Systemic sclerosis. This autoimmune disease causes your connective tissue and skin to harden and tighten. It can affect your digestive tract and organs, such as the heart, lungs, and kidneys. It’s also called systemic scleroderma.

Inflammatory bowel disease. This refers to a group of disorders where the digestive tract becomes inflamed. The main types are ulcerative colitis, which involves the lining of your large intestine, and Crohn’s disease, which can affect any part of your gastrointestinal tract. These diseases cause diarrhea, stomach pain, rectal bleeding, and fatigue.



Eye Inflammation

It’s common for people with psoriasis to come down with an eye issue. The tissue in your eye or eyelid can become inflamed, causing one of the following conditions:

Conjunctivitis. The conjunctiva is a thin membrane that covers the whites of your eyes and eyelids. When it becomes inflamed, it’s called conjunctivitis. Symptoms include redness, itchiness, tears, and a gritty feeling.

Blepharitis. Inflamed eyelids are called blepharitis. This often happens because the tiny oil glands at the bottom of your eyelashes become clogged. This leads to red, irritated, and itchy eyelids. Your eyelashes may have dandruff-like flakes and crust.

Uveitis. This condition occurs when the middle tissue of your eye wall, called the uvea, becomes inflamed. It can cause eye pain, redness, and sensitivity to light. Your vision may also become blurry. Without treatment, uveitis may lead to permanent damage to your eyes.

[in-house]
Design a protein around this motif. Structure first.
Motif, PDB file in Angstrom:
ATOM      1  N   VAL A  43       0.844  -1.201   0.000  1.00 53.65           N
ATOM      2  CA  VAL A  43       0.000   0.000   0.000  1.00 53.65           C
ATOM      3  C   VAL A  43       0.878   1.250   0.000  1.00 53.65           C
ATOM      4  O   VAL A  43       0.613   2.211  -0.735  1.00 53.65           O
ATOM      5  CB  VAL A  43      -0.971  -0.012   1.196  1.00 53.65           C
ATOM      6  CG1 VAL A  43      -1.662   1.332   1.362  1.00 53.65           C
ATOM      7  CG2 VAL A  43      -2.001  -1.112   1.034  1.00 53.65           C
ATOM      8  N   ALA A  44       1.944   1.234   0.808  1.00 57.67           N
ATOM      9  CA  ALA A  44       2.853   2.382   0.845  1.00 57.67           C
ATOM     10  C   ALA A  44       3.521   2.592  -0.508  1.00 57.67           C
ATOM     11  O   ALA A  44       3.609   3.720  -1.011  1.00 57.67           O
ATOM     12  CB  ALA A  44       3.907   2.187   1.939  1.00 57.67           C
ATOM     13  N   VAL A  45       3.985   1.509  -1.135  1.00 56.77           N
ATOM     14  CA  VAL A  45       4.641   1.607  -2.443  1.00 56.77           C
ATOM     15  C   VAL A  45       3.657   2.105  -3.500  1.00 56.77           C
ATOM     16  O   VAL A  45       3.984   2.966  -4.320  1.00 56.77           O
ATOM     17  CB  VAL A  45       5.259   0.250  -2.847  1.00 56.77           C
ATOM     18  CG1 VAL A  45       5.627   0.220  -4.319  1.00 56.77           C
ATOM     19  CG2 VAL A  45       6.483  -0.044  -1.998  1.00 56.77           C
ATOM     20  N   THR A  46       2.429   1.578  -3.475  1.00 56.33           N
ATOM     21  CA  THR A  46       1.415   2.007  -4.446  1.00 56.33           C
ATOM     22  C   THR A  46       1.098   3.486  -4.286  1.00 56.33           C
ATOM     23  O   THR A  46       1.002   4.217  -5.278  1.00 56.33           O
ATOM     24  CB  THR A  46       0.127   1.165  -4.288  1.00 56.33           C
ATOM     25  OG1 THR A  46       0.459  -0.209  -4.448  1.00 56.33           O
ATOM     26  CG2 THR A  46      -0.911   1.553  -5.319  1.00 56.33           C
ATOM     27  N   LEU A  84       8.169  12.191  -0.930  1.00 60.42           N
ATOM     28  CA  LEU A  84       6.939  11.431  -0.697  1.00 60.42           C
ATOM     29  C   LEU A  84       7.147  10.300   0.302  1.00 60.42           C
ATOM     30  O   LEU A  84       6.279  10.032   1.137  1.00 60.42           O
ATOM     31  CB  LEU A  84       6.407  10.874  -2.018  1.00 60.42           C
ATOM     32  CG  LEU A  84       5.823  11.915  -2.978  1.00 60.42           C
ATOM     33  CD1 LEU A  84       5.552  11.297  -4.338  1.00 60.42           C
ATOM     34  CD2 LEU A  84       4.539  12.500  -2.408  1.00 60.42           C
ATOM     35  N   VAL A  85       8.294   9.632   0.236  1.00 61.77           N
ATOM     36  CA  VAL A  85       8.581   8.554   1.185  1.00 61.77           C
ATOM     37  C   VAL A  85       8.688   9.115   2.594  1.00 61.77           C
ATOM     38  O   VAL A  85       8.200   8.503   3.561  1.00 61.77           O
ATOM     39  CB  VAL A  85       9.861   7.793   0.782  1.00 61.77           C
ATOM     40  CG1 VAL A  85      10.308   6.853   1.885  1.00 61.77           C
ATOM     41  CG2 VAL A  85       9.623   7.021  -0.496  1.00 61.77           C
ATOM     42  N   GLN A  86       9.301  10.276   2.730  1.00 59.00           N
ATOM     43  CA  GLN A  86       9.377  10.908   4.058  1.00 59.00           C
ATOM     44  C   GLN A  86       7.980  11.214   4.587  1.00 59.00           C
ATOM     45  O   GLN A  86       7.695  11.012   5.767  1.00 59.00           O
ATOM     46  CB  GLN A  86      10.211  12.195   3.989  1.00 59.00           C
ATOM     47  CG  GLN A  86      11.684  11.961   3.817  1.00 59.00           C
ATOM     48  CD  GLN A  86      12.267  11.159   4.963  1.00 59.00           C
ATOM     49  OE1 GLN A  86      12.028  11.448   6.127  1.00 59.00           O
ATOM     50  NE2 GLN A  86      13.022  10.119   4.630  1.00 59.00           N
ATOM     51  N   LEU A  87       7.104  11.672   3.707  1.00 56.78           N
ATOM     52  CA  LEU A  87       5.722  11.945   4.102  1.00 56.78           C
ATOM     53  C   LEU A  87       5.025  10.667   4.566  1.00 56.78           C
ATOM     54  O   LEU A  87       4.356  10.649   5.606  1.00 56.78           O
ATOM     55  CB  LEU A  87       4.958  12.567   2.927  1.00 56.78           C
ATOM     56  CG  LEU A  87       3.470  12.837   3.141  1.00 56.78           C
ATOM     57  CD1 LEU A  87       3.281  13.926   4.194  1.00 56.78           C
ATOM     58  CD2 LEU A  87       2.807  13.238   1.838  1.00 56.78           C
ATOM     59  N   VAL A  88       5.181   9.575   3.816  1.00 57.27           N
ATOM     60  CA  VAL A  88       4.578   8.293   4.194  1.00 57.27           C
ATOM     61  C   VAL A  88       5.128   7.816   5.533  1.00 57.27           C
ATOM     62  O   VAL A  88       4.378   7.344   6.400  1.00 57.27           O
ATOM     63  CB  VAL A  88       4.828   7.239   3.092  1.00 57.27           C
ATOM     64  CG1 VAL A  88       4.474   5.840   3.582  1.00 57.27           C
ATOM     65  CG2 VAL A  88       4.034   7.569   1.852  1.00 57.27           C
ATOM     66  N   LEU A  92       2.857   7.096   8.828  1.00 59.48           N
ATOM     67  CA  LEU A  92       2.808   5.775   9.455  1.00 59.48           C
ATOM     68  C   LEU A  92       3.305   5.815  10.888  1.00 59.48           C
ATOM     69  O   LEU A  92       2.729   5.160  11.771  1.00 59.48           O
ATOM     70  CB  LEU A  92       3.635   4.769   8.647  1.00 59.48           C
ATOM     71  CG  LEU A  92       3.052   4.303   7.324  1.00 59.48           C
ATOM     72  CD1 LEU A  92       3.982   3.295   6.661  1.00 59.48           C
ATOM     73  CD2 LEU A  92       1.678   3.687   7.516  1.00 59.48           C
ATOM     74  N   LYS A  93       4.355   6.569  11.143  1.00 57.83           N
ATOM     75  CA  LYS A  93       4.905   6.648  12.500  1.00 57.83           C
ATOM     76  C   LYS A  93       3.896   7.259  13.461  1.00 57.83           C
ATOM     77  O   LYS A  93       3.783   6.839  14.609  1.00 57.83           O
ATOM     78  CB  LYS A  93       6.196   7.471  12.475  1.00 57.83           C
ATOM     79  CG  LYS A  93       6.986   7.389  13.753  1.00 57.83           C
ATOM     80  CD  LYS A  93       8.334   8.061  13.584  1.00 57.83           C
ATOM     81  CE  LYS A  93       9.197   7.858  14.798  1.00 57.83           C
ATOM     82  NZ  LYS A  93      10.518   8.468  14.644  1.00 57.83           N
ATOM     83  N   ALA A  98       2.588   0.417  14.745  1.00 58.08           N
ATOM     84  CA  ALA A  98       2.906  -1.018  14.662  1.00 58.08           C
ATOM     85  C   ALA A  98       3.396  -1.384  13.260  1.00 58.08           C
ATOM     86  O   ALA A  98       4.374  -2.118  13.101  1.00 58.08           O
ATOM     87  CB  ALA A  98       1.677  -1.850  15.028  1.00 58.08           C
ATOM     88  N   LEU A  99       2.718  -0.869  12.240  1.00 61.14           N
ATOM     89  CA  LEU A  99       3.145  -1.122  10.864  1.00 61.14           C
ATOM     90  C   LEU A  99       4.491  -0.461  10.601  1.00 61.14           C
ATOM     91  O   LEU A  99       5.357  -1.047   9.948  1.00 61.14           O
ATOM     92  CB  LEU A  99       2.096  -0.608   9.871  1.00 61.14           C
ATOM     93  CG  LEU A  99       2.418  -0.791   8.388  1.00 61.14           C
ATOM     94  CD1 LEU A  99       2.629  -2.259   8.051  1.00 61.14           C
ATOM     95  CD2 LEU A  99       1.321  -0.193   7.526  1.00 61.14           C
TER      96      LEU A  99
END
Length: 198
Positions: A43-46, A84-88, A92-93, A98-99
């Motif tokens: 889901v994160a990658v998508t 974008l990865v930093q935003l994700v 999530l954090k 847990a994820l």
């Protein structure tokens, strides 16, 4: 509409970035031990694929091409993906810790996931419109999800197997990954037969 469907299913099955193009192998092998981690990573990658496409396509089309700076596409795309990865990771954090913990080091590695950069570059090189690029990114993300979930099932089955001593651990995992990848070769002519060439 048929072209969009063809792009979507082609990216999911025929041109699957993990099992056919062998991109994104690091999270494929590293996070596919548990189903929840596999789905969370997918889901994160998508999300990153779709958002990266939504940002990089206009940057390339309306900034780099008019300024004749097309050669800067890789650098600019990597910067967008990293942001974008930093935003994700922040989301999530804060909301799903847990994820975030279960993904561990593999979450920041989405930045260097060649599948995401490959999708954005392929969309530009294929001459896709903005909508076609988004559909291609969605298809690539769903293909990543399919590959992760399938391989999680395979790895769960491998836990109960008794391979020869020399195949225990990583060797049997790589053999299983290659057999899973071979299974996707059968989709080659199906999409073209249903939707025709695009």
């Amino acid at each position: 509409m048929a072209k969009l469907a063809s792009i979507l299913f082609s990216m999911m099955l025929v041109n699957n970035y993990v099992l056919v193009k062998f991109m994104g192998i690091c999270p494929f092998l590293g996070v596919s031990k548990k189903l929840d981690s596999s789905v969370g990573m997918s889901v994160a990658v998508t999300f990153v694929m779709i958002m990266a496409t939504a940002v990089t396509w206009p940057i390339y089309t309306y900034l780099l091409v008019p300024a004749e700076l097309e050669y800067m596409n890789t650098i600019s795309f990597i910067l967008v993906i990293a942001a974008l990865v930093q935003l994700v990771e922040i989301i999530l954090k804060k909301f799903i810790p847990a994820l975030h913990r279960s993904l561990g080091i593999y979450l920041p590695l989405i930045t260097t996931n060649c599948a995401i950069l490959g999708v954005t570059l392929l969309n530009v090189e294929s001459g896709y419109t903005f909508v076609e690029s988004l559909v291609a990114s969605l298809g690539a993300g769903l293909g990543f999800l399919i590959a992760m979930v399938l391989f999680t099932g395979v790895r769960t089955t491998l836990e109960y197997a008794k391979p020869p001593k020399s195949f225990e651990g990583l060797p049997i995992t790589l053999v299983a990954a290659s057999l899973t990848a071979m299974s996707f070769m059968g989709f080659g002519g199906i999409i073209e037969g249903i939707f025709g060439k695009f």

Treating Blepharitis at Home

70% of people with psoriasis will also develop eye inflammation.


Mental Health Issues

Psoriasis can take a toll on your mental health. You may feel self-conscious about your skin symptoms. This can chip away at your confidence, body image, and quality of life.

So, it makes sense that psoriasis goes hand in hand with depression and anxiety. Nearly 60% of people with psoriasis suffer from depression. Along with low self-esteem, the discomfort and pain of symptoms are also a mental hurdle.

What’s more, psoriasis can actually alter your mood and brain chemistry. Research shows that it raises levels of inflammatory proteins, such as tumor necrosis factor-alpha (TNF-alpha), that are linked with depression.

of people with psoriasis will also develop major depression.


Kidney Disease

Your kidneys filter out waste and extra fluid from your blood. In kidney disease, they stop working correctly. This can cause symptoms such as fatigue, swelling, nausea, and high blood pressure. Research shows that moderate to severe psoriasis can set the stage for kidney disease. Having severe psoriasis nearly doubles your risk.